Someone has to design all these robots — and a new MIT project suggests that AI might be up to the task.
Automating Robot Design
Today’s robots all tend to have the same design based on their task, researcher Allan Zhao told MIT News — if a bot needs to be able to walk over various terrains, for example, a designer is likely to give it four legs like a dog.
That prompted Zhao and his colleagues to wonder if a creative AI might come up with a more innovative robot design that humans just haven’t thought of yet (because we’re too set on following patterns we’ve seen in nature).
To find out, they developed an AI system they call RoboGrammar.
To create a new robot design, RoboGrammar was told what parts were available (joints, wheels, etc.) and what type of terrain it needs to navigate (flat surfaces, steps, etc.).
The AI then came up with hundreds of thousands of possible robot designs, all of which followed specific rules (called “grammar”) provided by the researchers — e.g., you must use joints to connect leg segments.
“It was pretty inspiring for us to see the variety of designs,” Zhao said. “It definitely shows the expressiveness of the grammar.”
The robots were placed in a simulated environment, where the goal was always the same: move forward as fast as possible.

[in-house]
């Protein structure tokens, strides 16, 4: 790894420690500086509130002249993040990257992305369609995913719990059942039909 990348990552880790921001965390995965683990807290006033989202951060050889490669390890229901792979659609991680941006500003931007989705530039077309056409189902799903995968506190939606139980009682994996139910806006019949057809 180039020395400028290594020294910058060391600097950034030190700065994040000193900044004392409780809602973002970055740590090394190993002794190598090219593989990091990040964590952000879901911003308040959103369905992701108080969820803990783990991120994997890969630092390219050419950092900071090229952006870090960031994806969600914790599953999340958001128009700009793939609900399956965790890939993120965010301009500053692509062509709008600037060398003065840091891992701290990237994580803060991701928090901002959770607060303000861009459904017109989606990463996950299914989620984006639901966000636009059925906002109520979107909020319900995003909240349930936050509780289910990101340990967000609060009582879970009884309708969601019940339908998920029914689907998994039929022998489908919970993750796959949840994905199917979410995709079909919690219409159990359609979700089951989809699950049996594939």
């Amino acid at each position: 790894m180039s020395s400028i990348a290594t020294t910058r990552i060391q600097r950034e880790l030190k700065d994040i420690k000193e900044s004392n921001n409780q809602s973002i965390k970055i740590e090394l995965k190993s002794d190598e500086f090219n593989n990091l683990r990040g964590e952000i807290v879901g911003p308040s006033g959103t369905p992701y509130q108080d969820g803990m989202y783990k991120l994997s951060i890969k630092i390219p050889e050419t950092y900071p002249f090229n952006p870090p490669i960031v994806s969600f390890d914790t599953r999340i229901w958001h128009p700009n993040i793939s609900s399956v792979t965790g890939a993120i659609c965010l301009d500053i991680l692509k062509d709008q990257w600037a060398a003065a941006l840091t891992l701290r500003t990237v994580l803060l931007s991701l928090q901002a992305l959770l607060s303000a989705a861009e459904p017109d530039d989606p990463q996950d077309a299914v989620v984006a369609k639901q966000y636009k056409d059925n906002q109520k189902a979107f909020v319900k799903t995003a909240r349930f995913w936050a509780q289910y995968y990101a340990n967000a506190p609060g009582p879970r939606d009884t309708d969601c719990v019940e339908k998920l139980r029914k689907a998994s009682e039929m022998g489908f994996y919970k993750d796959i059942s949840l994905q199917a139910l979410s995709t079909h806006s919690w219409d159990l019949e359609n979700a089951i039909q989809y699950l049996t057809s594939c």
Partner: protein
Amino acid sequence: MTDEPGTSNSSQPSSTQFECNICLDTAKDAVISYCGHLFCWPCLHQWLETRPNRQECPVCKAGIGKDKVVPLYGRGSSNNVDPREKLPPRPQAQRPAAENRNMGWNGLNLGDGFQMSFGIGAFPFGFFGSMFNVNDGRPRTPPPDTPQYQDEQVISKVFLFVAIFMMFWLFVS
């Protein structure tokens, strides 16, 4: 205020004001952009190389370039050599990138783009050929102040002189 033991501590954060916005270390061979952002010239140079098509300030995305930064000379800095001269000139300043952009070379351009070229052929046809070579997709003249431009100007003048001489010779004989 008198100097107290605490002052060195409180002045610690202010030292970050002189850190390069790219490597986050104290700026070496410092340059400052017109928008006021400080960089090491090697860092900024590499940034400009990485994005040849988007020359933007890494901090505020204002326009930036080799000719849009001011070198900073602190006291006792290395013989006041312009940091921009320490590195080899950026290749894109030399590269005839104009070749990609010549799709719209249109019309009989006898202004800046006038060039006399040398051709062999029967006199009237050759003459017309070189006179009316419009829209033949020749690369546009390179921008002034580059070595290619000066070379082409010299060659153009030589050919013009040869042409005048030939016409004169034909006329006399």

After testing the bots navigating various terrains, it appears human robot designers — and biological evolution — have been on the right track.
“Most designs did end up being four-legged in the end,” Zhao said. “Maybe there really is something to it.”
However, the AI broke with that pattern when designing robots for flat, icy terrain. One of its creations had six legs and another had just two, which it used to pull along a dragging body, maximizing traction.
The bodies of the four-legged robots, meanwhile, tended to change depending on the terrain. A bot optimized to cross over gaps, for example, had a stiff body, while one designed to move over ridges had two joints between its front and back legs.
The Future of RoboGrammar
The MIT researchers don’t expect RoboGrammar to swipe robot design jobs from humans — rather, they see the system as being a tool that can help spark roboticists’ creativity, prompting them to consider design features that might not be immediately obvious.
Next, the researchers plan to actually build some of the designs RoboGrammar came up with to test their function in the real world, but they think the system might be useful for virtual robot design, too.
“Let’s say in a video game you wanted to generate lots of kinds of robots, without an artist having to create each one,” Zhao said. “RoboGrammar would work for that almost immediately.”
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